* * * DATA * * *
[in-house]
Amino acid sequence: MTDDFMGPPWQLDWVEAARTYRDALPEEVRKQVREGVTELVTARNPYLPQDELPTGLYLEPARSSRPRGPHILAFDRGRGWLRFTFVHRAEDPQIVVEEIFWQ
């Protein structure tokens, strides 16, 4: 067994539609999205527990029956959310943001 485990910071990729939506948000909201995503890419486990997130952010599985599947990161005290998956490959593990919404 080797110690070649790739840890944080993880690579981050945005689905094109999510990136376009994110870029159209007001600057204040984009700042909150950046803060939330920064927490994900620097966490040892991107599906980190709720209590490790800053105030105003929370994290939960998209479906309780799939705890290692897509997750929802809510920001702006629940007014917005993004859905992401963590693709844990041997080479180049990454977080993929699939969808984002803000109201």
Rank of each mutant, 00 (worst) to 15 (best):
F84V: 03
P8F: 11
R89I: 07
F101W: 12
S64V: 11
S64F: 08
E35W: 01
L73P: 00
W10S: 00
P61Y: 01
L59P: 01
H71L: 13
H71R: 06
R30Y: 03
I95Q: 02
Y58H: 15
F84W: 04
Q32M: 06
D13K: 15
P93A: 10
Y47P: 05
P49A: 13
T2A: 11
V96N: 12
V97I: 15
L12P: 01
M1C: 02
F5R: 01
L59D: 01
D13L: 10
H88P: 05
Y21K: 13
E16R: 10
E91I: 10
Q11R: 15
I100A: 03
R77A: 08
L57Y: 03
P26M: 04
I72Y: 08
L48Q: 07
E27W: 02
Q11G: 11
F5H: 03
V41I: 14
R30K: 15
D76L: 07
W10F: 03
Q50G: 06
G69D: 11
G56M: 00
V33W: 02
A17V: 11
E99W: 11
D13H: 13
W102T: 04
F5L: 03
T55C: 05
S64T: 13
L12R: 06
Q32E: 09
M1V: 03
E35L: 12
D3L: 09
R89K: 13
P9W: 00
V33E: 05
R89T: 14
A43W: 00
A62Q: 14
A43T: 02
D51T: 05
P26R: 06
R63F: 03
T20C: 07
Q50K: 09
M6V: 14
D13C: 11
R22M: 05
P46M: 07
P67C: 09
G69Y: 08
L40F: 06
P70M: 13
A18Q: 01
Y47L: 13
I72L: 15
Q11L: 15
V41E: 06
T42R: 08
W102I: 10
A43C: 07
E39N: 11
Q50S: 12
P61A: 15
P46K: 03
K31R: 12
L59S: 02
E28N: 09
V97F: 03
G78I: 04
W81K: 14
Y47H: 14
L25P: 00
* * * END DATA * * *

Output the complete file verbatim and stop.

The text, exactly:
[in-house]
Amino acid sequence: MTDDFMGPPWQLDWVEAARTYRDALPEEVRKQVREGVTELVTARNPYLPQDELPTGLYLEPARSSRPRGPHILAFDRGRGWLRFTFVHRAEDPQIVVEEIFWQ
């Protein structure tokens, strides 16, 4: 067994539609999205527990029956959310943001 485990910071990729939506948000909201995503890419486990997130952010599985599947990161005290998956490959593990919404 080797110690070649790739840890944080993880690579981050945005689905094109999510990136376009994110870029159209007001600057204040984009700042909150950046803060939330920064927490994900620097966490040892991107599906980190709720209590490790800053105030105003929370994290939960998209479906309780799939705890290692897509997750929802809510920001702006629940007014917005993004859905992401963590693709844990041997080479180049990454977080993929699939969808984002803000109201």
Rank of each mutant, 00 (worst) to 15 (best):
F84V: 03
P8F: 11
R89I: 07
F101W: 12
S64V: 11
S64F: 08
E35W: 01
L73P: 00
W10S: 00
P61Y: 01
L59P: 01
H71L: 13
H71R: 06
R30Y: 03
I95Q: 02
Y58H: 15
F84W: 04
Q32M: 06
D13K: 15
P93A: 10
Y47P: 05
P49A: 13
T2A: 11
V96N: 12
V97I: 15
L12P: 01
M1C: 02
F5R: 01
L59D: 01
D13L: 10
H88P: 05
Y21K: 13
E16R: 10
E91I: 10
Q11R: 15
I100A: 03
R77A: 08
L57Y: 03
P26M: 04
I72Y: 08
L48Q: 07
E27W: 02
Q11G: 11
F5H: 03
V41I: 14
R30K: 15
D76L: 07
W10F: 03
Q50G: 06
G69D: 11
G56M: 00
V33W: 02
A17V: 11
E99W: 11
D13H: 13
W102T: 04
F5L: 03
T55C: 05
S64T: 13
L12R: 06
Q32E: 09
M1V: 03
E35L: 12
D3L: 09
R89K: 13
P9W: 00
V33E: 05
R89T: 14
A43W: 00
A62Q: 14
A43T: 02
D51T: 05
P26R: 06
R63F: 03
T20C: 07
Q50K: 09
M6V: 14
D13C: 11
R22M: 05
P46M: 07
P67C: 09
G69Y: 08
L40F: 06
P70M: 13
A18Q: 01
Y47L: 13
I72L: 15
Q11L: 15
V41E: 06
T42R: 08
W102I: 10
A43C: 07
E39N: 11
Q50S: 12
P61A: 15
P46K: 03
K31R: 12
L59S: 02
E28N: 09
V97F: 03
G78I: 04
W81K: 14
Y47H: 14
L25P: 00